Pennington will never be an All-Star, and the best he will ever do offensively is “just below average.” But he can play good defense all over the infield, which makes him valuable on its own. And before 2015, he had averaged about 2.1 WAR per season over the past five years. His 2015 season does not merit a contract, probably, but his overall body of work and the fact that he will only be 32 next year means that someone should find a place on their bench for the useful veteran.
Utley had a miserable 2014. He spent a lot of time on the disabled list and compiling a -0.5 WAR in 73 games for the Philadelphia Phillies. Then the Phillies traded him to the Los Angeles Dodgers, and while he was not vintage Chase Utley, he put up 0.9 WAR in his six weeks in Los Angeles. He also branched out defensively, putting in time at both first and third base; positional versatility gives him more value to a team looking for a utility player off the bench. Add in his veteran presence and attitude, and it’s not hard to see a team signing Utley for one year for his intangibles, if nothing else. That team will probably not be the New York Mets, though.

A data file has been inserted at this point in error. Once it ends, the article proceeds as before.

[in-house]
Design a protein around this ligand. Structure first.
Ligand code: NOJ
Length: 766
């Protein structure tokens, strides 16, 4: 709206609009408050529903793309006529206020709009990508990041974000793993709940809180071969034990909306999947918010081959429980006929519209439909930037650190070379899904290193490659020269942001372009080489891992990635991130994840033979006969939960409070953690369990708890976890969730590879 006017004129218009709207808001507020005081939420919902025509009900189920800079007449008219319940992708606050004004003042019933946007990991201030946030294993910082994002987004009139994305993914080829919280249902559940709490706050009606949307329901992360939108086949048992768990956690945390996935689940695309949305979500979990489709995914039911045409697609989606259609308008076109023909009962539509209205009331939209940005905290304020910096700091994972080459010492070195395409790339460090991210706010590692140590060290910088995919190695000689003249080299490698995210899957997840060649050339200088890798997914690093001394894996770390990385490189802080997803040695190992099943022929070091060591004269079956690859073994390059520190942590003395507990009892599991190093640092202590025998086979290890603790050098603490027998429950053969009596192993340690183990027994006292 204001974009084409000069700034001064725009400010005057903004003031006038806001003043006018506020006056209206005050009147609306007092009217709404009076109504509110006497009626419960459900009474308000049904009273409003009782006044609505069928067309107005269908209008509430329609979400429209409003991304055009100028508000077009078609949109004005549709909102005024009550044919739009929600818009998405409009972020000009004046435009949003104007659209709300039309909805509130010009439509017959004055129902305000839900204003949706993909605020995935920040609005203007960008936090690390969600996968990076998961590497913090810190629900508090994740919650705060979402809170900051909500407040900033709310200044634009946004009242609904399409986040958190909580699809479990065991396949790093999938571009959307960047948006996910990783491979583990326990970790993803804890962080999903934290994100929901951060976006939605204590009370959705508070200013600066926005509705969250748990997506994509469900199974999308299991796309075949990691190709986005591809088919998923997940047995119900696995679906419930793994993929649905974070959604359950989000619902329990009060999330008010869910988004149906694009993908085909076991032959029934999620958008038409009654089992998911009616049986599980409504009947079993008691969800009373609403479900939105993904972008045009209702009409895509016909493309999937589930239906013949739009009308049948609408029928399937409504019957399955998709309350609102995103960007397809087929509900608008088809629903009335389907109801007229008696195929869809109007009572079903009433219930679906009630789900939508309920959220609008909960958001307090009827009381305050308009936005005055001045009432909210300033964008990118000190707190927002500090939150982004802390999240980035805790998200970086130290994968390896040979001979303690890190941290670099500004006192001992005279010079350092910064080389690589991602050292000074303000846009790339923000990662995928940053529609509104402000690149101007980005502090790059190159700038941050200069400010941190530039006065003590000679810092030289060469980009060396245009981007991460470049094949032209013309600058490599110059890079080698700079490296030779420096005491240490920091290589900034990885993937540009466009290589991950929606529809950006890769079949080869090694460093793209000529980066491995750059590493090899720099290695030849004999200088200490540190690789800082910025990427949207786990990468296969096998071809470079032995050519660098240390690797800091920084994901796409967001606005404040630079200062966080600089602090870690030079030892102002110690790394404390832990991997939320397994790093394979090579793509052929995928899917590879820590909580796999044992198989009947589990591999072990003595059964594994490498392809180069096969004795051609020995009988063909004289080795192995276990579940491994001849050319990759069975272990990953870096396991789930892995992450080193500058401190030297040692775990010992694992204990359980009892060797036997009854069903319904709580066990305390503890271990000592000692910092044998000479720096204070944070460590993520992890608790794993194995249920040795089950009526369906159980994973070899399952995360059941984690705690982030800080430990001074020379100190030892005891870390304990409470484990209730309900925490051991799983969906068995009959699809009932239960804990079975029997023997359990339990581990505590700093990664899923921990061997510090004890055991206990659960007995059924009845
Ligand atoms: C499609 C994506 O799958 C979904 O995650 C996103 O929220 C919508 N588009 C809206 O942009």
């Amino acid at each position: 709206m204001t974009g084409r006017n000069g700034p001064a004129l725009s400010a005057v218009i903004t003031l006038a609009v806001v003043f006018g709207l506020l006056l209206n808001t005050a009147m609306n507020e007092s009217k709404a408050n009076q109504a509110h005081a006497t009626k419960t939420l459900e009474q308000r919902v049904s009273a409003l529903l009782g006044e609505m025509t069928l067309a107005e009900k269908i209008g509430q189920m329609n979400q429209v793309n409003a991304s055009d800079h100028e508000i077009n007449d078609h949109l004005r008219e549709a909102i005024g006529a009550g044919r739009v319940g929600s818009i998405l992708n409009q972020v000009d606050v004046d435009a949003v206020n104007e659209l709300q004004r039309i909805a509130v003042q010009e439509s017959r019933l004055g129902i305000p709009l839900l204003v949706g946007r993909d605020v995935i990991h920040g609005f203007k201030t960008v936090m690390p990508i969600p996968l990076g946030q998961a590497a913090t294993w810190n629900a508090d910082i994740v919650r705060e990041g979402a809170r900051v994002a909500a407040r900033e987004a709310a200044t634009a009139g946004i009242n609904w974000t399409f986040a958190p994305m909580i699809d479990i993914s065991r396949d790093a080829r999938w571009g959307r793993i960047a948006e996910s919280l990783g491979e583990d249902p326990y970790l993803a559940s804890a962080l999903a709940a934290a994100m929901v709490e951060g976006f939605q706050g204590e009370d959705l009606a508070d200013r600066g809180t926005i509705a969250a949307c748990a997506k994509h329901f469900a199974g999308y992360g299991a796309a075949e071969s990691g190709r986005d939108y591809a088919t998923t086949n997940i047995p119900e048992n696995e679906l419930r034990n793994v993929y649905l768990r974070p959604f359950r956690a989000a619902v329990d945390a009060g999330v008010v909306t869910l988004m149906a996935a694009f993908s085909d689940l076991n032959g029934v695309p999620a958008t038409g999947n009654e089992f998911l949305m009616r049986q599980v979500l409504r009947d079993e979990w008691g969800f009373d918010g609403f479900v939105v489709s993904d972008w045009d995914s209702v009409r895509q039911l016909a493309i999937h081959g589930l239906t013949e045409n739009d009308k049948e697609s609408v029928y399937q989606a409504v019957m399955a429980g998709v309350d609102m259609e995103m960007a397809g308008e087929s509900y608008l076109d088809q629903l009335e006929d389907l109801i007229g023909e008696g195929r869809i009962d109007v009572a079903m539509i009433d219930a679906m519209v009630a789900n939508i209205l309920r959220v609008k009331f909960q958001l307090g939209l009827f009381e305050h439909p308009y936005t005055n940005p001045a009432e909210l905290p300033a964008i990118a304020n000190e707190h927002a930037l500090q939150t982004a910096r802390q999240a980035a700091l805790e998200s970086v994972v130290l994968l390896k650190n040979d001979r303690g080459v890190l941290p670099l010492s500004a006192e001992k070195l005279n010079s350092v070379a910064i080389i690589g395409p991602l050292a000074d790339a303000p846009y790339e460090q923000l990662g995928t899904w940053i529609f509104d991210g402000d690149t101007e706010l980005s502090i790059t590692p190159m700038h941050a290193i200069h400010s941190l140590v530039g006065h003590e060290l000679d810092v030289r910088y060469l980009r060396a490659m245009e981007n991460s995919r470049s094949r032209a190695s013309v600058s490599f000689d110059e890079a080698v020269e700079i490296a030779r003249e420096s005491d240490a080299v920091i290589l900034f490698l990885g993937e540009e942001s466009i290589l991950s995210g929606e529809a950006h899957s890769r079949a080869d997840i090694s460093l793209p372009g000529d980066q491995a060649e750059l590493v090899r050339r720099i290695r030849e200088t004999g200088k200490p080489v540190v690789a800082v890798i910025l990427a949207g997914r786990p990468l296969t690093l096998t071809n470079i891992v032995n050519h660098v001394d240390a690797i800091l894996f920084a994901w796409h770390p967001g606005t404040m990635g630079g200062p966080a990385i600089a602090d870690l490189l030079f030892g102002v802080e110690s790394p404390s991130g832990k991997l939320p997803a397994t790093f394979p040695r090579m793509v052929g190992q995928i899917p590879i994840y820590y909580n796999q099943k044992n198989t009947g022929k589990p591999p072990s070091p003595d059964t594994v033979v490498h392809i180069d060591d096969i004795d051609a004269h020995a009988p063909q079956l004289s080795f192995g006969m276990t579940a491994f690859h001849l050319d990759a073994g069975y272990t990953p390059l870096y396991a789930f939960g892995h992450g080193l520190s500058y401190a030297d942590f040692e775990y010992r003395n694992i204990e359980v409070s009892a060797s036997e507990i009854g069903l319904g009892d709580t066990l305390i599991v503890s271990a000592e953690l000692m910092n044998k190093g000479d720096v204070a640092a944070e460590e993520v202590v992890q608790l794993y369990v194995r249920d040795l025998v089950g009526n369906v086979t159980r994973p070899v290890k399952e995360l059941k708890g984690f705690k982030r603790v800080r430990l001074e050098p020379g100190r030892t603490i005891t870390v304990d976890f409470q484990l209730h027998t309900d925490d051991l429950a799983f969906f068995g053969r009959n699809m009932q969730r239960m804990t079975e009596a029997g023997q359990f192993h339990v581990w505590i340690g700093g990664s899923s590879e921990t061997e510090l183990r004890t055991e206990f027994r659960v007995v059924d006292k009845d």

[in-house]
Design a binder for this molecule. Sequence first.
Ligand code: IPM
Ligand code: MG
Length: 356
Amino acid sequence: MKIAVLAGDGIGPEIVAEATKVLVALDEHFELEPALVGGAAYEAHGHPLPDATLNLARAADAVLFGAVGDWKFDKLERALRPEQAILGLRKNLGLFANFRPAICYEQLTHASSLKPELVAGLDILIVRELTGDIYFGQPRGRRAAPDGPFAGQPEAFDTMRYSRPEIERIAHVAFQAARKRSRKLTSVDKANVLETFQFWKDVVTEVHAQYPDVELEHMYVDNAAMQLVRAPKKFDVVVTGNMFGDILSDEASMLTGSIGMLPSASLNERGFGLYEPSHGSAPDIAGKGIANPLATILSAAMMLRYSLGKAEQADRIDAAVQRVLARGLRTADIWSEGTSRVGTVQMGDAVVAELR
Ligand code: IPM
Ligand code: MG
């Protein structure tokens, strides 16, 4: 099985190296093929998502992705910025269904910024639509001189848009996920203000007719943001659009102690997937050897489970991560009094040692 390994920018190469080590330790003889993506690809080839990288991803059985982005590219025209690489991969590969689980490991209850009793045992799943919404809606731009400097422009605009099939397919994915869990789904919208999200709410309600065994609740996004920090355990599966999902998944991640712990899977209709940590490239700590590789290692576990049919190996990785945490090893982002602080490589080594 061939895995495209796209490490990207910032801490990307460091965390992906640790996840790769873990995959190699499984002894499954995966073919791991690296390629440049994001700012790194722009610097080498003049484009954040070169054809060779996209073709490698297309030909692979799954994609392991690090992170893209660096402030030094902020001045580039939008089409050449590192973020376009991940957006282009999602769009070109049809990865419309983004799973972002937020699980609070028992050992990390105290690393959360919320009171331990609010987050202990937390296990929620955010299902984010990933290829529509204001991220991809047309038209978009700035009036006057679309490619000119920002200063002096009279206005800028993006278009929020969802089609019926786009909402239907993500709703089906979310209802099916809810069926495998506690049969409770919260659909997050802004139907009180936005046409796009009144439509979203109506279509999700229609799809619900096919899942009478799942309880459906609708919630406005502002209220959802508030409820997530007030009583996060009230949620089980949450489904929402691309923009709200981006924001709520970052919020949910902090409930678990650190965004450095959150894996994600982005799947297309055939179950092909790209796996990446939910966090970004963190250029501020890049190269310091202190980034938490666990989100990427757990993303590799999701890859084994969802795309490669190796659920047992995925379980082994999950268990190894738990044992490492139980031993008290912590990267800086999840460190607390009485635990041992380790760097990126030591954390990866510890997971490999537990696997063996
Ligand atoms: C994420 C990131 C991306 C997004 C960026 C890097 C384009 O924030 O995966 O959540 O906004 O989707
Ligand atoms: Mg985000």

Probably Worth Signing on Merit
There are five infielders who, based on their play in 2015, are possibly worth signing to a free-agent contract. They are:
Cabrera is not great offensively, and he is not great defensively. But he is not bad on either side, and for a middle infielder he is actually a reasonably good hitter. He can play either middle-infield position and hit from either side of the plate, so he provides quite a bit of flexibility off the bench. He might not be the best choice as a starting infielder, but a team could do much worse. And if someone signs him to be a backup, he would fill in quite nicely in the event of an injury.